Are Traffic Problems Population Problems?
A while ago, someone asked me what we could do to solve traffic problems. I was feeling flippant, so I said: “Birth control.”
I was reminded of this in a recent flurry of articles about overpopulation (here, for example), something that was broached again with the sordidly surreal “octuplets” case.
But in the U.S., at least, not all the news is bad, as reported by the New York Times:
“And besides, they say, the birth rate in the United States is barely at the level needed to replace the population. Total fertility rate, which predicts the number of children an average woman will have in her lifetime, reached 2.1, considered replacement level, in 2006, but it was the first time it had been that high since 1971. A small percentage of large families, they say, is not enough to tip the balance.”
Given that we’ve added roughly 100 million people since 1968, one does have to wonder, however, about the link between a growing population (via births or immigration) and consistently rising travel times (NB: traffic is far down on my list of “things to be worried about by a growing population”). But looking at some research by Steven Polzin, at the University of South Florida, this relationship is not as simple as it might seem.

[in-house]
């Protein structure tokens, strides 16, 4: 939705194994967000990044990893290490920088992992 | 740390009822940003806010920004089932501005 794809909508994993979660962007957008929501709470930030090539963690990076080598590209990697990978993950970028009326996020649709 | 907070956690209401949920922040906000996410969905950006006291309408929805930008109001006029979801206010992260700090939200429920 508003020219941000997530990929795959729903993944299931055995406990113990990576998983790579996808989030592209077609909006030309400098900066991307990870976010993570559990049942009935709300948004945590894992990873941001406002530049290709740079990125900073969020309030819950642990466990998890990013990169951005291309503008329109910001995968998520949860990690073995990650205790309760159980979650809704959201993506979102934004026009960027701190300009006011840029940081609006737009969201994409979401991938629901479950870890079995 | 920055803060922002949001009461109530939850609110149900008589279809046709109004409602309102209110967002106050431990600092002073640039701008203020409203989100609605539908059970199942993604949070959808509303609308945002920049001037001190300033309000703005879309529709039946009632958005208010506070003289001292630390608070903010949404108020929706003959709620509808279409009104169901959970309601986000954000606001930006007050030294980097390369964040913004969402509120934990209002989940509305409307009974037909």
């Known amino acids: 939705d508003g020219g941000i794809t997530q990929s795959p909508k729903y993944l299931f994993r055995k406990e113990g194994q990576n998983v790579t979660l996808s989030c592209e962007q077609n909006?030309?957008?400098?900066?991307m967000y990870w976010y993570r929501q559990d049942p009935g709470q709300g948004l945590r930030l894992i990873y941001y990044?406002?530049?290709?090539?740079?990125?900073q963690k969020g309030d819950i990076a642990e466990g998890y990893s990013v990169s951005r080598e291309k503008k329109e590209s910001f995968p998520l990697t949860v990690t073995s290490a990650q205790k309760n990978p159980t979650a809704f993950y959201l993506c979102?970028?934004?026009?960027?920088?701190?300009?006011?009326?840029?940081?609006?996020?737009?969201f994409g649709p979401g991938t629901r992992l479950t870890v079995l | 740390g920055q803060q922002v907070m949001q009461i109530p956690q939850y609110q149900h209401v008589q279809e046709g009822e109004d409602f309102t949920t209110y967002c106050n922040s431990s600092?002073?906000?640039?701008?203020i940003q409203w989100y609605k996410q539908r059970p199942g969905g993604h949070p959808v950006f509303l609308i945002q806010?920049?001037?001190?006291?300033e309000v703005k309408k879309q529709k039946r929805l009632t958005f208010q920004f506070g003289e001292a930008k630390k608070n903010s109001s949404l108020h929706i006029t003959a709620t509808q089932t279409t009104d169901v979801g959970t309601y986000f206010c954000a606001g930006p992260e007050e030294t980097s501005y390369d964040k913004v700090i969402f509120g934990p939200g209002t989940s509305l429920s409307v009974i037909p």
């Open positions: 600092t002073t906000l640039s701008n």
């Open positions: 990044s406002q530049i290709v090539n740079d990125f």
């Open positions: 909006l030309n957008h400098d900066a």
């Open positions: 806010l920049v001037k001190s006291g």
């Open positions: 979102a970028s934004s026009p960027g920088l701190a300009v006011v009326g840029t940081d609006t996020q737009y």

The first thing to note, as in the slide below, is that while population has been on the rise, it is far outpaced by “vehicle miles traveled.” It’s not just how many people we have, it’s how much they’re driving.
And while it is inherently true that larger families consume more resources, including miles traveled, there is something of an “economy of travel” as household size increases. Most interesting, though, for travel demographers is the increasing number of single-person households, as in the slide below.
Also of interest is the issue of rising income, and the decreasing cost of travel.
And there’s the people who didn’t have cars who increasingly seem to have one.
Polzin himself does not put population at the top of causal factors for the increase in VMT (and thus, relatedly, congestion); but instead, “trip frequency.”
It goes without saying that population plays some role in contributing to congestion. But what is arguably more critical is a number of demographic changes in the population itself, including the way it has chosen to live (non-walkable neighborhoods in far-flung suburbs, meaning more trips and longer trips — a trend that Richard Florida suggests may have reached its zenith in the current economic meltdown), declining walk-to-work and walk-to-school shares, increasing numbers of cars per household, higher shares of licensed teenage drivers, declining carpool participation rates, under-priced car travel, declining transit funding, etc. etc.
For an example of how things can be done differently, we can look no further than NYC, where a recent study found that between 2003 and 2007, even as the city continued to grow (economically and population-wise), vehicle traffic actually dropped. Granted, the subway cars have felt more crowded since the introduction of the Metrocard, but unlike vehicular traffic, an absolutely packed train travels at essentially the same speed as an empty one.
This entry was posted on Monday, February 16th, 2009 at 10:36 am and is filed under Congestion, Etc.. You can follow any responses to this entry through the RSS 2.0 feed. Both comments and pings are currently closed.